What’s New

 

Site updated.

More changes to the YENCO.COM website. It now supports dark mode! Simply change the appearance settings on your device (Mac, iPad, iPhone, etc.) and then reload the page and watch as it automatically displays the correct theme. I also updated the social media cards to look better if you share a link (thank you) to any page of the site on Facebook, Twitter, Spoutible, etc.

App updates.

I’m still learning a lot about SwiftUI. When I started working on my first SwiftUI-based versions of iKeeper I had a lot of questions about Core Data. I figured out most of them and found a reliable way to work with the data thanks to Paul Hudson’s “100 Days Of SwiftUI” course and his “Hacking with macOS: SwiftUI Edition” book, and with help from Apple itself in one-on-one sessions at WWDC. As I was finishing up work on my first SwiftUI-based versions of Finance, Mark Moeykens over at Big Mountain Studio released his excellent visual guide “Core Data Mastery in SwiftUI” and with that came some new insights into Core Data and some newer (and better) ways of organizing my code and working with the data in my apps.

Unfortunately I had already written all of iKeeper and most of Finance prior to that knowledge and didn’t want to delay releasing the Finance app. Plus the code I had was working fine and I was extremely nervous about ripping it out of my projects and throwing in something else at the last minute (if it ain’t broke, don’t fix it).

The SwiftUI-based versions of Finance and iKeeper have been out for some time now (Thank you to everyone for checking them out and supporting my efforts. It is greatly appreciated). With that, my attention has turned to refining existing features and adding more to my apps. But before working on any new features that need to interact with the data in a variety of ways, I want to make sure I’m handling the data in the best way I can. So I decided to revisit this. As I said, I was extremely nervous about ripping out perfectly valid working code. My apps are databases so changing around something so fundamental to managing the data touches on a lot of areas in my code. I started to envision all the collateral damage this could cause. If only there were some sort of safety net where one could freely rip apart their code and work on it knowing that if they messed things up so bad they couldn’t fix it, they could easily restore a project back to its prior working state (to try again, or to stick with what was working).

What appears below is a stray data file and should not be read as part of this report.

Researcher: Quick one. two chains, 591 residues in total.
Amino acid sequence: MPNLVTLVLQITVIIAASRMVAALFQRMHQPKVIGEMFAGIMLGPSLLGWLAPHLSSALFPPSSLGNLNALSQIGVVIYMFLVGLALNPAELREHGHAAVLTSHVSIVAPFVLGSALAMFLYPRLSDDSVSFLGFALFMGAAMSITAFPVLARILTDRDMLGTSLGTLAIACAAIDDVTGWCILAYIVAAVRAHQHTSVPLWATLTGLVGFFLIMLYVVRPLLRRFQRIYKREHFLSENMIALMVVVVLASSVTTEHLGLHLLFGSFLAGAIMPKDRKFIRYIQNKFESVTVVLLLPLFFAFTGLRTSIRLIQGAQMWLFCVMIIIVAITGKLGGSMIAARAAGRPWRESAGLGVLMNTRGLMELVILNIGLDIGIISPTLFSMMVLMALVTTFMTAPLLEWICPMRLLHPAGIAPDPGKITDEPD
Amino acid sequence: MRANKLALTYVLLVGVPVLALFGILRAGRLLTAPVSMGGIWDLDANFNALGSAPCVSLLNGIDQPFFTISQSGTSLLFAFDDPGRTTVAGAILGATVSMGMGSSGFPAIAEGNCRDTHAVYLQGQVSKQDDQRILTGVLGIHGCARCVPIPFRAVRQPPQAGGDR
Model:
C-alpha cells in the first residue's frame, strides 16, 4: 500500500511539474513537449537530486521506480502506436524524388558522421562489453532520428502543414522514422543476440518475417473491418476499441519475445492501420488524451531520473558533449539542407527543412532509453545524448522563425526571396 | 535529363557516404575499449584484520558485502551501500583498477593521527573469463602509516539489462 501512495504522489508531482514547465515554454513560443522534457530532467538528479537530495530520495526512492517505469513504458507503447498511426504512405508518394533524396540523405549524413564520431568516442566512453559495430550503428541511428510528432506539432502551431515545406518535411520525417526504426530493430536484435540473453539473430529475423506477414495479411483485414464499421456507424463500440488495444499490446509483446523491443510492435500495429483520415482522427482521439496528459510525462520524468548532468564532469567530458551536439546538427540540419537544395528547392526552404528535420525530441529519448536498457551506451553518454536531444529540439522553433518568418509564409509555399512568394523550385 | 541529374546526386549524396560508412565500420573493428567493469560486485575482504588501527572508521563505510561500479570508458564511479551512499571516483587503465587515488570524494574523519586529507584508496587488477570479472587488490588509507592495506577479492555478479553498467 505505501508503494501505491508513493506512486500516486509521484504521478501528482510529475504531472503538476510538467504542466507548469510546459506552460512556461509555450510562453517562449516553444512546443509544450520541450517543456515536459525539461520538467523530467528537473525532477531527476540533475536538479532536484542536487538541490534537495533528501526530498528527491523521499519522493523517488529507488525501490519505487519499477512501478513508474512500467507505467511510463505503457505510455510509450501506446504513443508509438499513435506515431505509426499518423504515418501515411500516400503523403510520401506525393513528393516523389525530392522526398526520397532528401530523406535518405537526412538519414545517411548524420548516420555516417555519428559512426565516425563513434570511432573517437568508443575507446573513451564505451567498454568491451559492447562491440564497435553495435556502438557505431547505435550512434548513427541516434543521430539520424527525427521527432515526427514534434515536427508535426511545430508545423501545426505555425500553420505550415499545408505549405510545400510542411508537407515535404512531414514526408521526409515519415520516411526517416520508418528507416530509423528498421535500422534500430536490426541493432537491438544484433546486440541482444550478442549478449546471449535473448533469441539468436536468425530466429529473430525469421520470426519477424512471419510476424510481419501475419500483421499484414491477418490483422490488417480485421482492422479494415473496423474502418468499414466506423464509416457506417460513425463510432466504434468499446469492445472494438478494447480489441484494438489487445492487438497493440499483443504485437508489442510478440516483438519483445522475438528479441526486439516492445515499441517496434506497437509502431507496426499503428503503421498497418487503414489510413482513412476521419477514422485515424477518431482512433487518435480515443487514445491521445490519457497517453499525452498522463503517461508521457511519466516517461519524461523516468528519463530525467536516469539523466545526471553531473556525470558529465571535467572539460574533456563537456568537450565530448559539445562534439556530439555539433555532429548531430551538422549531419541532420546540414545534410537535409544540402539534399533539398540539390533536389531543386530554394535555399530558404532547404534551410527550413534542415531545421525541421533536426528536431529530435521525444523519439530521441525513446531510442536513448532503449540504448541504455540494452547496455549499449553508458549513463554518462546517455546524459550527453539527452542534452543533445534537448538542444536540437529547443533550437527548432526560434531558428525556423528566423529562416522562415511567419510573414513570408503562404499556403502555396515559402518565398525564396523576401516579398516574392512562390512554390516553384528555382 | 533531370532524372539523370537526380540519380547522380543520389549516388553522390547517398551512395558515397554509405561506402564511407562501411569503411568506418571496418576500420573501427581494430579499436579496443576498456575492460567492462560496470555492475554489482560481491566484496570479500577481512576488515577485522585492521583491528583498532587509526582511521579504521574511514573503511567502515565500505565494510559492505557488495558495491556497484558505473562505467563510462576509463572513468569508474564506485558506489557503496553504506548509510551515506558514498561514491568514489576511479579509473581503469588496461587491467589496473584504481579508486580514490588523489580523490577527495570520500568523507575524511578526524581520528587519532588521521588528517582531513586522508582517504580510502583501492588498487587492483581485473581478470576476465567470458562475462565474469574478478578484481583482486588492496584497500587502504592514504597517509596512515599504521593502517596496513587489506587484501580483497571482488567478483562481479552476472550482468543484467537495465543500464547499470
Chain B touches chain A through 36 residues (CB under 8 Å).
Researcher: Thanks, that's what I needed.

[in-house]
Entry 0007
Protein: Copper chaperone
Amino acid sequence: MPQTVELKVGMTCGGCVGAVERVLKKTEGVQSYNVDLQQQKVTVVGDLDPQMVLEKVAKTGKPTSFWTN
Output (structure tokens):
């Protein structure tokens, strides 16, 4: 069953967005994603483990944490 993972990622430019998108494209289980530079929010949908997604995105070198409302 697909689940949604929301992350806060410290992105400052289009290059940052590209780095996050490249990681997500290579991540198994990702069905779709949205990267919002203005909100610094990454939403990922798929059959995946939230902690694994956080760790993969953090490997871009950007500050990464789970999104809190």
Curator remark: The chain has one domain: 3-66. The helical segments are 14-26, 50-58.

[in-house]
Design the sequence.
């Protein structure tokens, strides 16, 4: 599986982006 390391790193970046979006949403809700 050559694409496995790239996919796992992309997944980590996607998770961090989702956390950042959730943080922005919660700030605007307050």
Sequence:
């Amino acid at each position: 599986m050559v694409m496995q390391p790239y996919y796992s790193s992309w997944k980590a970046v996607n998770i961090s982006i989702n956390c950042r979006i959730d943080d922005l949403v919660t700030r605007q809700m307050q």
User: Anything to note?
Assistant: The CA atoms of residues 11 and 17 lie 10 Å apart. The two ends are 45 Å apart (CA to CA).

Fortunately, Paul Hudson pointed out to me that, not only is there is such a thing, but he had a book all about it. What I needed was to put my projects under source control with Git. Between Paul’s “Beyond Code” book (which covers Git in detail - but only via the Terminal app) and an article I found by Bruno Lorenzo over on Medium (covering using Git within the latest version of Xcode), I finally got my projects set up with source control and was able to create a new branch (my safety net) to work on my projects without worry. It worked great!

I released an iKeeper update at the end of last year. The end result for users was an app that looks and feels exactly the same (and that’s a good thing because it means I got it right). For me, the Xcode project is now easier to navigate and the code is more directly interacting with Core Data and removes an added layer of complexity that wasn’t really needed and provides a better foundation going forward. There is a slight decrease in the size of the app as a result - and that might even translate to a slight decrease in processor and memory usage and a very slight increase in speed. The macOS version update also fixed a minor visual user interface glitch I missed in the previous update.